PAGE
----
In­vestors wipe $3B off ZTE as U.S. penal­ties hit

The Daily Star (Lebanon) - - BUSINESS -

HONG KONG: In­vestors wiped about $3 bil­lion off em­bat­tled Chi­nese telecom­mu­ni­ca­tions gi­ant ZTE Corp.’s mar­ket value as it re­sumed trade Wed­nes­day af­ter agree­ing to pay up to $1.4 bil­lion in penal­ties to the U.S. gov­ern­ment. China’s No. 2 telecom­mu­ni­ca­tions equip­ment maker was crip­pled when the United States im­posed a seven-year sup­plier ban on the com­pany in April af­ter it broke an agree­ment to dis­ci­pline ex­ec­u­tives who con­spired to evade U.S. sanc­tions on Iran and North Korea. The ban, which has pre­vented ZTE from buy­ing the U.S. com­po­nents it re­lies on to make smart­phones and other de­vices, will not be lifted un­til ZTE pays a fine and places $400 mil­lion more in an es­crow ac­count in a U.S.-ap­proved bank. It was also or­dered to rad­i­cally over­haul its man­age­ment. “While the night­mare is now over, ZTE will likely have to deal with many changes,” Jef­fries said in a re­search re­port, adding it ex­pects sig­nif­i­cant near-term sell­ing pres­sure on the com­pany’s shares. Con­firm­ing de­tails of the U.S. deal, ZTE said late Tues­day it would re­place its board of di­rec­tors, and that of its im­port-ex­port sub­sidiary ZTE Kangxun, within 30 days of the June 8 or­der be­ing signed by the U.S. –

Toy­ota pumps $1B in Grab in ride-hail­ing bet

SIN­GA­PORE: Toy­ota Mo­tor Corp has agreed to buy a $1 bil­lion stake in South­east Asia’s Grab in the big­gest in­vest­ment by a car­maker into a ride-hail­ing firm, at a time when tra­di­tional au­tomak­ers are rac­ing to team up with dis­rup­tive tech com­pa­nies. The value of sixyear-old Grab will be just over $10 bil­lion af­ter the in­vest­ment, said a per­son fa­mil­iar with the mat­ter. The deal comes as the auto in­dus­try faces a spike in the need for tech­no­log­i­cal prow­ess with the ad­vent of fea­tures such as au­ton­o­mous driv­ing, while app mak­ers of­fer pas­sen­gers the op­tion to forgo car pur­chases by con­nect­ing them with driv­ers. Some au­tomak­ers have re­sponded by part­ner­ing with mak­ers of ride-hail­ing apps which dom­i­nate the fast-growing field of mo­bil­ity ser­vices, in an­tic­i­pa­tion of a fu­ture of re­duced car own­er­ship. Gen­eral Mo­tors Co has in­vested in U.S. ride ser­vices firm Lyft, whose ri­val Uber Tech­nolo­gies Inc is also backed by Toy­ota. Mean­while Japan’s SoftBank Group Corp – also an in­vestor in Grab and Uber – last month said it would in­vest $2.25 bil­lion in GM’s au­ton­o­mous ve­hi­cle unit Cruise. Toy­ota’s trad­ing arm in­vested an undis­closed sum in Grab last year. This time, the au­tomaker is lead in­vestor in a fi­nanc­ing round launched af­ter Grab ac­quired Uber’s oper­a­tions in South­east Asia, a re­gion of 640 mil­lion peo­ple. –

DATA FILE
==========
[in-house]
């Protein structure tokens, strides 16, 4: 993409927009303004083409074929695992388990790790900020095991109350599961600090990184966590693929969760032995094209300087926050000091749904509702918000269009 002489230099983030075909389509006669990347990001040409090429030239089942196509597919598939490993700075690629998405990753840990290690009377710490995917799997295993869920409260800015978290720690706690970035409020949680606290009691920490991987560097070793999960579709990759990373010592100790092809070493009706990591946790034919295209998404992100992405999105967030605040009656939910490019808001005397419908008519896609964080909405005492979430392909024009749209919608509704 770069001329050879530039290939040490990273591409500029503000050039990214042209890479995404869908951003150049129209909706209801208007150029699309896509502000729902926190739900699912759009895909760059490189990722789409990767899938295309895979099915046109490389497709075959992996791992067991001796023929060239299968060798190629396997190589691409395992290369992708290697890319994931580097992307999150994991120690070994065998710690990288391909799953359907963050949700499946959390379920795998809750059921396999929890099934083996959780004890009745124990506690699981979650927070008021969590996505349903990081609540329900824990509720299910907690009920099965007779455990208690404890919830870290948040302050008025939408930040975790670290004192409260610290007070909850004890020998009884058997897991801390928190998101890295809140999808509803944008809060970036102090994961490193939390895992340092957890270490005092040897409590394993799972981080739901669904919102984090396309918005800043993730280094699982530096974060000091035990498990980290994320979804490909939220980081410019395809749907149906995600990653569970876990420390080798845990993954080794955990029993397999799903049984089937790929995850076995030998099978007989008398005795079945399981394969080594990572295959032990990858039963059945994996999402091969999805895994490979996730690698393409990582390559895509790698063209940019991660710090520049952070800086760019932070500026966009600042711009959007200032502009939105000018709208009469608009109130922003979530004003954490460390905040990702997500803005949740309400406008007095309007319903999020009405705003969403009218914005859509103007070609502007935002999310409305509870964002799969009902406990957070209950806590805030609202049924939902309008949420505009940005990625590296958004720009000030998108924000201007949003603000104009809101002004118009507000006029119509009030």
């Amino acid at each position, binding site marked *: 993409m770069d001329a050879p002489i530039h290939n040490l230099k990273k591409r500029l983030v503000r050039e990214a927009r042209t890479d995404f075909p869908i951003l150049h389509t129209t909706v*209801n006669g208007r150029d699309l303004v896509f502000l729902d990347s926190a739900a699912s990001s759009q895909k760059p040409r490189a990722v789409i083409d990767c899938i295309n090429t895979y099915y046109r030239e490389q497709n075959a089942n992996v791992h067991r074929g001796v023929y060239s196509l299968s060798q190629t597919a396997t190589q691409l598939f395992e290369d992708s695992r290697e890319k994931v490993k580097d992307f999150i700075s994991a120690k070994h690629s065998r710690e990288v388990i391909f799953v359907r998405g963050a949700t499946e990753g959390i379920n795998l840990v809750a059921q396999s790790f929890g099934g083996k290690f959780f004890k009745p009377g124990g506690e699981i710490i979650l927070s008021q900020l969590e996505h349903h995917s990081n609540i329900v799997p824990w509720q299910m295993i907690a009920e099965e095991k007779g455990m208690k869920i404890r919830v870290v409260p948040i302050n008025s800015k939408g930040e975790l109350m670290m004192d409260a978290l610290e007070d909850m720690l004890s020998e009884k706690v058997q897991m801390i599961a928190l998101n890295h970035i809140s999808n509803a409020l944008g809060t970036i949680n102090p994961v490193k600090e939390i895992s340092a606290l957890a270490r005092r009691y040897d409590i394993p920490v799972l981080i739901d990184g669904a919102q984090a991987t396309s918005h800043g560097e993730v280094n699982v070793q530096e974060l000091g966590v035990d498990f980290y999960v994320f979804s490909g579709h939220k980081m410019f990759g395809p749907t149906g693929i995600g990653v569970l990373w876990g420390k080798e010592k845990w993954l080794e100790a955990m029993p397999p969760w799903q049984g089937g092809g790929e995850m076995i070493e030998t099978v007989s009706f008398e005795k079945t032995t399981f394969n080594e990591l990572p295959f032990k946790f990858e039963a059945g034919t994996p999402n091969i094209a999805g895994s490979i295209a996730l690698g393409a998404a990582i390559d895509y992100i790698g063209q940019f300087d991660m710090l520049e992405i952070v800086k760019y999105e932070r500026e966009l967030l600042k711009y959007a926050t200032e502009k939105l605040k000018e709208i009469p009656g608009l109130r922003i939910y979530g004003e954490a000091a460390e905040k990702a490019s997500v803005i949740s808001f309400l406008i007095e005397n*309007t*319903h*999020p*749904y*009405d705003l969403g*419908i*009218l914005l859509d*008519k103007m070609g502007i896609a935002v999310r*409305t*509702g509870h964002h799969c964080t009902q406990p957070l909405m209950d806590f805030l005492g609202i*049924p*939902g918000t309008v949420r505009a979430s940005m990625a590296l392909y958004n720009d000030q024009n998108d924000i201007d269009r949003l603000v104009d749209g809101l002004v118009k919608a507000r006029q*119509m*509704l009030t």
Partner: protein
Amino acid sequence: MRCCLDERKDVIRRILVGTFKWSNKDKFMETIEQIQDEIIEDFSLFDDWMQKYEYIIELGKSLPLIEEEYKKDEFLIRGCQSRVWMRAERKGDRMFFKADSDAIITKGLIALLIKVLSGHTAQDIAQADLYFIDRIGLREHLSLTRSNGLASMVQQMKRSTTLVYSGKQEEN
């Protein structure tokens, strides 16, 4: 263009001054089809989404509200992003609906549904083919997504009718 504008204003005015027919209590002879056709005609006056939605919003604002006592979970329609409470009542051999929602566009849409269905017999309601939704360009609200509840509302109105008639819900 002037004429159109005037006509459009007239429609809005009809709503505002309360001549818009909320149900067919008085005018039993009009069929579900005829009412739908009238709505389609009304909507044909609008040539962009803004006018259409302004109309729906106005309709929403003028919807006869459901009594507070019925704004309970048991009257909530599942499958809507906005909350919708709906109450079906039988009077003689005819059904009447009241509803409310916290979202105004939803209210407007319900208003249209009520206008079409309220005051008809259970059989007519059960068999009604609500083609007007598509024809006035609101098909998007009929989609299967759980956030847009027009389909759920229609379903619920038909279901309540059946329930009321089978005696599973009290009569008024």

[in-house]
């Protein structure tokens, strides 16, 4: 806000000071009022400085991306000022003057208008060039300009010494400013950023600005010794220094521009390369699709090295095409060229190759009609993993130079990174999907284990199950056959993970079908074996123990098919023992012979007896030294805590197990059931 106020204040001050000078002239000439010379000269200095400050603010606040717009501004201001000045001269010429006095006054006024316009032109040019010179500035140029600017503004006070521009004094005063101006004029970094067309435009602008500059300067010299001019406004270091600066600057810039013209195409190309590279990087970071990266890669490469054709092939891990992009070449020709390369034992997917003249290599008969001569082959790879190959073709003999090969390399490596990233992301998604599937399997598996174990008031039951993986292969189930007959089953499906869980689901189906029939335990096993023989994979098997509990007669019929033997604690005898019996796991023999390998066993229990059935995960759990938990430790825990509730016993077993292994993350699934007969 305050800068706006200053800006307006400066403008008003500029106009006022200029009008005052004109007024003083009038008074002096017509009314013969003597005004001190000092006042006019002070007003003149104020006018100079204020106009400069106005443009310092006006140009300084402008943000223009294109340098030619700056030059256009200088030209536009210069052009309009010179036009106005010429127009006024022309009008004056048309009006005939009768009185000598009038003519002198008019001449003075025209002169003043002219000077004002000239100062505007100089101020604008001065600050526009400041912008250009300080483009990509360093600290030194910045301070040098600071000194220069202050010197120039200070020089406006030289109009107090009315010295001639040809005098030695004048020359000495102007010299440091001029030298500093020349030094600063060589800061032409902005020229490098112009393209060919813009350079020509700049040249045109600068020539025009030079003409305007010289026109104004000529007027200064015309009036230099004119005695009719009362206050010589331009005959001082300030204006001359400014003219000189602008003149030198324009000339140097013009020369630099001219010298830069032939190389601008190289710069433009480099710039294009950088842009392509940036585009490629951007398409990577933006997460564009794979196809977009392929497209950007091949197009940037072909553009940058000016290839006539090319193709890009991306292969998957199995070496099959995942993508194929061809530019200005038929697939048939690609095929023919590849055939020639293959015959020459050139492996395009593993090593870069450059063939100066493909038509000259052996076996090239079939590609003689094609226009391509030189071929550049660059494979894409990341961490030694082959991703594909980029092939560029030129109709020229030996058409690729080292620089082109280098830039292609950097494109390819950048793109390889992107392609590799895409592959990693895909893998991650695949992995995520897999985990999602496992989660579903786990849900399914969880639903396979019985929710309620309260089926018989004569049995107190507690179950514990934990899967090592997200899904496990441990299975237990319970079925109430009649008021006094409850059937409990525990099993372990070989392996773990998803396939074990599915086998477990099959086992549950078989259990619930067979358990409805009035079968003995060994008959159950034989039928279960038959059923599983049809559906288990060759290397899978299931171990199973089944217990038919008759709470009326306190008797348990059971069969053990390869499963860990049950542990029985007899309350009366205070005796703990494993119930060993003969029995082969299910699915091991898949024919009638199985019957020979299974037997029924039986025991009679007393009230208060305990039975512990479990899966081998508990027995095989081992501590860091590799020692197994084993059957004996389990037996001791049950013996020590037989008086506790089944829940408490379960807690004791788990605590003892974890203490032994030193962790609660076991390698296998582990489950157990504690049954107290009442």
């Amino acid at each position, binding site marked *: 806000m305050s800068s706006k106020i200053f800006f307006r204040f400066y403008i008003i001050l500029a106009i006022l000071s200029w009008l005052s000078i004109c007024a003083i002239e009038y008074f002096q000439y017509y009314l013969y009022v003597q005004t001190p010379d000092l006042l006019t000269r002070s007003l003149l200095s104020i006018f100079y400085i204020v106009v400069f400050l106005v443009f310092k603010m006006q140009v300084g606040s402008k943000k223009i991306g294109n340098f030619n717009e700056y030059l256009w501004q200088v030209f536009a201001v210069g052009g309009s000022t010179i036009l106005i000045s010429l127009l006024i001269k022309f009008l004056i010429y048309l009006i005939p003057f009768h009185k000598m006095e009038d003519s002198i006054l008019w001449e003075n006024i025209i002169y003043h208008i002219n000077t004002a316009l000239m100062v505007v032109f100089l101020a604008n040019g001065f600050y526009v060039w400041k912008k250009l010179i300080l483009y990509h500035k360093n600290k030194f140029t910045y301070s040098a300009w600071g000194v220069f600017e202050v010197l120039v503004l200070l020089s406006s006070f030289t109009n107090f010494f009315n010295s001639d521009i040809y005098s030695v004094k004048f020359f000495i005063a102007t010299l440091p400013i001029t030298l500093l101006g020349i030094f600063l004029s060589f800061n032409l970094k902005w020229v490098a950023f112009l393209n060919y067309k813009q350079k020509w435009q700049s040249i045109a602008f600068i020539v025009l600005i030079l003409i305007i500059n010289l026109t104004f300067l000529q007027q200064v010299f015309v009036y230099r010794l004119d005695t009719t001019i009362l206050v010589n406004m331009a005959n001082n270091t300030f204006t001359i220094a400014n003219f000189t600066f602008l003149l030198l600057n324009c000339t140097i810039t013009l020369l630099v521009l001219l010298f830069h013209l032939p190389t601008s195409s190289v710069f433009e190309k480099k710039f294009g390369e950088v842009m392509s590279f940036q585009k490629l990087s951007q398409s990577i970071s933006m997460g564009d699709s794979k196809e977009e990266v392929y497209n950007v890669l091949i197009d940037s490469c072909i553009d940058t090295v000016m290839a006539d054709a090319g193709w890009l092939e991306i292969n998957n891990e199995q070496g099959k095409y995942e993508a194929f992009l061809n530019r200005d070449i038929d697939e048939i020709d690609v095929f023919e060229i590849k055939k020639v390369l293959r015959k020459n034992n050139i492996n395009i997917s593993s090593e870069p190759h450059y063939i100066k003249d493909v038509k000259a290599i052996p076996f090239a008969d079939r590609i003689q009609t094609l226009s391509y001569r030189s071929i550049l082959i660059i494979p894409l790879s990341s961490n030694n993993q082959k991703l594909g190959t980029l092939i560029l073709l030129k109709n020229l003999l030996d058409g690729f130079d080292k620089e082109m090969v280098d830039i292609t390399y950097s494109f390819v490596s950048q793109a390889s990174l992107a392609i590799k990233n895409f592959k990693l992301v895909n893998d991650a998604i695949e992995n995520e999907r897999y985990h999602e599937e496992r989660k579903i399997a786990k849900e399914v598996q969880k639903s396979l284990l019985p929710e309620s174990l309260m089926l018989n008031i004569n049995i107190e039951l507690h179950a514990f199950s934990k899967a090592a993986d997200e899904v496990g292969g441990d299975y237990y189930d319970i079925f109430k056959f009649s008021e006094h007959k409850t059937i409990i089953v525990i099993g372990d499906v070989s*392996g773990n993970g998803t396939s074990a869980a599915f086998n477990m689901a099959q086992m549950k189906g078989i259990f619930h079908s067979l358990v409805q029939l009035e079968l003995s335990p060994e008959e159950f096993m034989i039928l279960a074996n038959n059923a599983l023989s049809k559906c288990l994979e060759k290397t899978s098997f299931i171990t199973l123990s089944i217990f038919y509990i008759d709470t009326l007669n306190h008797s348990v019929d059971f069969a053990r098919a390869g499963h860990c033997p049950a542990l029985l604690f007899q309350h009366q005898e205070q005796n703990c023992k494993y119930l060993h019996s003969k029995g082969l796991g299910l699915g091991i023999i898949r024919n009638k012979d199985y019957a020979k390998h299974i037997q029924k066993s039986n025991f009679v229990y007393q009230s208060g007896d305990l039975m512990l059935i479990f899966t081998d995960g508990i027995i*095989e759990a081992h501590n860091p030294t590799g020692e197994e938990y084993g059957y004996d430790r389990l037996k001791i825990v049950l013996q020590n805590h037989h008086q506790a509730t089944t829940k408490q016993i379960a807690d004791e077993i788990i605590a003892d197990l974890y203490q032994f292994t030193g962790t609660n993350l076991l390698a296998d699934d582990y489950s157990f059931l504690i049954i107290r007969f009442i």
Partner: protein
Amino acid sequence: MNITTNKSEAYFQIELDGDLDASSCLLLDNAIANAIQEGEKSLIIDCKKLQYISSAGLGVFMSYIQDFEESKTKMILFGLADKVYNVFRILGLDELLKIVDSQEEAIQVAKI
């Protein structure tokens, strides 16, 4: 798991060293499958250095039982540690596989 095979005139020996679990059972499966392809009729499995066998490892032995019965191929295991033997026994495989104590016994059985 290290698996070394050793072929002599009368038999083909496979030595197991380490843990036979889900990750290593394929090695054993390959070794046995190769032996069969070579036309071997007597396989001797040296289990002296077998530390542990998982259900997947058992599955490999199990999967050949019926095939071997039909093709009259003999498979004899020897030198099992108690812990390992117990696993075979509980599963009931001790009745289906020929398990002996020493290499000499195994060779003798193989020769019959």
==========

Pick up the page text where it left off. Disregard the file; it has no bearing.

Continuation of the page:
U.K. in­fla­tion sug­gests de­lay in in­ter­est rate hike

LON­DON: Of­fi­cial fig­ures show in­fla­tion in Bri­tain re­mained at an an­nual rate of 2.4 per­cent in May, sug­gest­ing the cen­tral bank may de­lay an ex­pected rate in­crease. Com­ing af­ter other mixed eco­nomic fig­ures, Wed­nes­day’s in­fla­tion data mean the Bank of Eng­land could put off in­creas­ing its key in­ter­est rate this sum­mer, as was pre­vi­ously be­lieved. The Bank of Eng­land wants in­fla­tion near 2 per­cent and some thought it might soon raise its main rate by a quar­ter point to 0.75 per­cent to do so. Samuel Tombs, econ­o­mist at Pan­theon Macroe­co­nomics, pre­dicts in­fla­tion will grad­u­ally ease in com­ing months any­way, and the econ­omy “is still sub­dued by past stan­dards.” Wages are ris­ing 2.8 per­cent on the year, but im­prove­ment in liv­ing stan­dards “lacks any real mo­men­tum.” –

Guess chair­man re­signs af­ter im­proper con­duct

Guess Inc (GES.N) said Tues­day its co-founder, Paul Mar­ciano, had re­signed as the com­pany’s ex­ec­u­tive chair­man af­ter a spe­cial com­mit­tee com­pleted an in­ves­ti­ga­tion into al­le­ga­tions of im­proper con­duct. Mar­ciano gave up his day-to-day re­spon­si­bil­i­ties at the firm on an un­paid ba­sis in Fe­bru­ary, days af­ter model and ac­tress Kate Up­ton tweeted, ac­cus­ing Mar­ciano of us­ing his power to ha­rass women. The fash­ion re­tailer said Tues­day many of the al­le­ga­tions, which in­cluded in­ap­pro­pri­ate com­ments and texts and un­wanted ad­vances, could not be cor­rob­o­rated. But Guess said its in­ves­ti­ga­tion found Mar­ciano on cer­tain oc­ca­sions ex­er­cised poor judg­ment in his com­mu­ni­ca­tions with mod­els and pho­tog­ra­phers. Guess and Mar­ciano en­tered into non­con­fi­den­tial set­tle­ment agree­ments to­tal­ing $500,000 that re­solve claims by five in­di­vid­u­als aris­ing out of al­le­ga­tions of in­ap­pro­pri­ate con­duct, the com­pany said in a reg­u­la­tory fil­ing. Guess ap­pointed his brother, Mau­rice Mar­ciano, as board chair­man. Paul Mar­ciano will re­main on the board, it said. –

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